Many thanks to the editors at Word Fountain for nominating my poem, “The Year we all got Cancer,” for a Pushcart Prize.  Word Fountain, the Literary Magazine of the Osterhout Free Library (Wilkes-Barre, PA) is available in both print and on-line versions.  Here is a link to my poems (including audio).

https://wordfountain.net/2017/12/02/steve-deutsch-three-poems/

The Year We All Got Cancer

Winter stayed.
The April rain so cold
it left blisters of ice
on an earth
as scarred and pockmarked
as a landscape mired in war.

We waited through the freeze and thaw
for some sign from the recalcitrant earth–
anxiety growing with each passing day.
The sun was of little use,                                                                                  …

View original post 66 more words

Return

They’re burning fields on the delta –
violent end of harvest.
Smoke billows above charred stubble,
chokes and blinds me as I drive.

Mom turns ninety on Sunday.
The whole town’s invited
at two for cake and to say
how good she looks.

In truth, she’s not good.
Fragile with diabetes, eyes failing,
fingers gnarled to claws;
no quilts for new babies.

Hard-willed as the life she’s led,
she stays alone with a cat and a walker.
Folks look in on her from time to time, say
they’ll let me know if something happens.

I’ve burned the fields too.
College-trained for work not at the whim
of subsidies and drought, I expect
no feast for this prodigal.

– Sarah Russell
First published in The Houseboat
Photo source
For Poets United

Colleague

When he calls from the conference
and says he met her, after months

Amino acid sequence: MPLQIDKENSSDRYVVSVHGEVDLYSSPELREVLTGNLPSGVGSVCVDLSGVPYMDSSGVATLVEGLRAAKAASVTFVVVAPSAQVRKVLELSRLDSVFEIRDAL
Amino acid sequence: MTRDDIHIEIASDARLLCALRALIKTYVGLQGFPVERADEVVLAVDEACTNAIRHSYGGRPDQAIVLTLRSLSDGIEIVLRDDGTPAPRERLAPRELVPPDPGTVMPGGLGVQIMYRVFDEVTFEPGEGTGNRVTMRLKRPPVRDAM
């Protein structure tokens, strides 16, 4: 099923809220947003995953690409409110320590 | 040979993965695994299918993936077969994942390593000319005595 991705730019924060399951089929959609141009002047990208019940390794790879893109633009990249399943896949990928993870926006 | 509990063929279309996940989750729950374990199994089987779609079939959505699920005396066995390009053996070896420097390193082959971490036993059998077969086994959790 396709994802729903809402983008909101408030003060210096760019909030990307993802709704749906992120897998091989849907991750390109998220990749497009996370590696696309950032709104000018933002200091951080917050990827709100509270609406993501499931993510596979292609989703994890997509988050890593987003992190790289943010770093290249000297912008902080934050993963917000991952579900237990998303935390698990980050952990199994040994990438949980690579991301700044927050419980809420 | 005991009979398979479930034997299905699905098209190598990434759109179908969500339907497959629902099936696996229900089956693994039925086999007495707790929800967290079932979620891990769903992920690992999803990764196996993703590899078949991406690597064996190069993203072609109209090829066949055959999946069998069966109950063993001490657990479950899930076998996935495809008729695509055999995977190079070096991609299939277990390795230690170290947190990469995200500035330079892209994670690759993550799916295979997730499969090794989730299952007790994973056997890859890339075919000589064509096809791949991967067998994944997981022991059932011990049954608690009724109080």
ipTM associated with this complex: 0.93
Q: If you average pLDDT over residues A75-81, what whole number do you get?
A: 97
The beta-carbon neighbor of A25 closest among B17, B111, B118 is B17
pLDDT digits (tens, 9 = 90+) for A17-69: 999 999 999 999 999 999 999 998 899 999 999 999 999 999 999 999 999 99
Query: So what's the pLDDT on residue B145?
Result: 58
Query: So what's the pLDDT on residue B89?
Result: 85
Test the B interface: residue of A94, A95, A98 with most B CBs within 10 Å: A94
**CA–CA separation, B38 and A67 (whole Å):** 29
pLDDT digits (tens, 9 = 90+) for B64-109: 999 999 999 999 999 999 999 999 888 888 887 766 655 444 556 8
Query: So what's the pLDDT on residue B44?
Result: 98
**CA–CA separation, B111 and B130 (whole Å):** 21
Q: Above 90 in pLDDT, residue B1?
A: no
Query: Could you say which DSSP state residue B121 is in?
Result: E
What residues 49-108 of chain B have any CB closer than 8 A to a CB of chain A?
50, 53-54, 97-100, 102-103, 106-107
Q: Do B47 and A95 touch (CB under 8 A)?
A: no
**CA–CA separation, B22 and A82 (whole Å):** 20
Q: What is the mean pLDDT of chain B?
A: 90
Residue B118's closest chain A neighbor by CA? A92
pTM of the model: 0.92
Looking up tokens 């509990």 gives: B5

of email discussing their research,
I see the first whiff of smoke
rising out of the forest,
the one you have to be close to notice,
and think you could put out yourself
if the garden hose reached that far,
the first seconds of wondering
where the important papers are,
the photographs, the cat.

– Sarah Russell
First published in One Sentence Poems
For Poets United
Photo source

 

Cat Nap

The cat invited me to fill my lap
with heavy, lithe contentment.
We curled together on the couch,
purring pressure as she arched her neck
against my hand, languid comfort,
her body nestling into mine.
I roused, my hand still stroking lightly
in my sleep, cat vanished to other ventures,
the niche indented by her form
still vibrant with her warmth,
my fingertips caressing air
in silken touch remembrance.

– Sarah Russell
First published in Purrfect Poetry Anthology
Painting by bdelpesco
For dVerse Poets Pub

Invitation

We found a stream that night
away from everywhere but us –
water voices whispering,
the honey of first times,
wind feathery on urgent skin.

Perhaps a folly, our rush
into together and tomorrow –
forever’s promissory note
before the debt of everyday.

Let’s go back
and lie beside the stream again,
listen for the water voices,
feel the wind’s breath

before we disappear.

– Sarah Russell
First published in The Houseboat
Photo Source
For Poets United

Driving without Radio

Ah, life without radio. Robert Okaji has captured long drives so well.

O at the Edges

trash-in-tree

Driving without Radio

One minute you’re sipping coffee at the stoplight,
and the next you find yourself six miles

down the road, wondering how you got there,
just two exits before the French bakery

and your favorite weekday breakfast taco stand.
Or while pondering the life of mud,

you almost stomp the brakes when a 40-year old
memory oozes in — two weeks before Thanksgiving,

the windshield icing over (inside), while most definitely
not watching the drive-in movie in Junction City, Kansas,

her warm sighs on your neck and ear, and the art
of opening cheap wine with a hairbrush. How many

construction barrels must one dodge to conjure these
delights, unsought and long misfiled? You turn right

on 29th Street and just for a moment think you’ve seen
an old friend, looking as he did before he died,

but better, and happier, and of course it’s just a trash…

View original post 35 more words